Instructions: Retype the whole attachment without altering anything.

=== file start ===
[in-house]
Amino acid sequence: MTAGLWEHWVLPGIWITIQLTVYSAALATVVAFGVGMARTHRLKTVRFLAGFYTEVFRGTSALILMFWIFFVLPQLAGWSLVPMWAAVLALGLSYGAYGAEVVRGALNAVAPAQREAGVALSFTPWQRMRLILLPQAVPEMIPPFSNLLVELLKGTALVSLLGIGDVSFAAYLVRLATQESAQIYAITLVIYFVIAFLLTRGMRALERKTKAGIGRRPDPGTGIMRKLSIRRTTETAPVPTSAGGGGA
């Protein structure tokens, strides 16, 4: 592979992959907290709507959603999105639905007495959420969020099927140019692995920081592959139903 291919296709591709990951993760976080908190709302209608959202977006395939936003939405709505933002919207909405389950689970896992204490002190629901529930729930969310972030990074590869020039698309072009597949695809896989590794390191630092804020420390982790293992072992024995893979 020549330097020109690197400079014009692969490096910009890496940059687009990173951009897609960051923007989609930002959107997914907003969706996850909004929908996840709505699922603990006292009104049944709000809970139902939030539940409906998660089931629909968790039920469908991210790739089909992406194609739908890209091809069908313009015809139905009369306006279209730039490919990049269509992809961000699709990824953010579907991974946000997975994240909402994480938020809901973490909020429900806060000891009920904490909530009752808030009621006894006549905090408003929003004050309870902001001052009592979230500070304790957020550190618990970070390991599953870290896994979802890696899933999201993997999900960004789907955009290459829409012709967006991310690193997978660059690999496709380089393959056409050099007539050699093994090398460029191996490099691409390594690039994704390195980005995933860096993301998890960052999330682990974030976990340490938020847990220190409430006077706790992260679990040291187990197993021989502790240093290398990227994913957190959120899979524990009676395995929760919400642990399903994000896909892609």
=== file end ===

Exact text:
[in-house]
Amino acid sequence: MTAGLWEHWVLPGIWITIQLTVYSAALATVVAFGVGMARTHRLKTVRFLAGFYTEVFRGTSALILMFWIFFVLPQLAGWSLVPMWAAVLALGLSYGAYGAEVVRGALNAVAPAQREAGVALSFTPWQRMRLILLPQAVPEMIPPFSNLLVELLKGTALVSLLGIGDVSFAAYLVRLATQESAQIYAITLVIYFVIAFLLTRGMRALERKTKAGIGRRPDPGTGIMRKLSIRRTTETAPVPTSAGGGGA
């Protein structure tokens, strides 16, 4: 592979992959907290709507959603999105639905007495959420969020099927140019692995920081592959139903 291919296709591709990951993760976080908190709302209608959202977006395939936003939405709505933002919207909405389950689970896992204490002190629901529930729930969310972030990074590869020039698309072009597949695809896989590794390191630092804020420390982790293992072992024995893979 020549330097020109690197400079014009692969490096910009890496940059687009990173951009897609960051923007989609930002959107997914907003969706996850909004929908996840709505699922603990006292009104049944709000809970139902939030539940409906998660089931629909968790039920469908991210790739089909992406194609739908890209091809069908313009015809139905009369306006279209730039490919990049269509992809961000699709990824953010579907991974946000997975994240909402994480938020809901973490909020429900806060000891009920904490909530009752808030009621006894006549905090408003929003004050309870902001001052009592979230500070304790957020550190618990970070390991599953870290896994979802890696899933999201993997999900960004789907955009290459829409012709967006991310690193997978660059690999496709380089393959056409050099007539050699093994090398460029191996490099691409390594690039994704390195980005995933860096993301998890960052999330682990974030976990340490938020847990220190409430006077706790992260679990040291187990197993021989502790240093290398990227994913957190959120899979524990009676395995929760919400642990399903994000896909892609």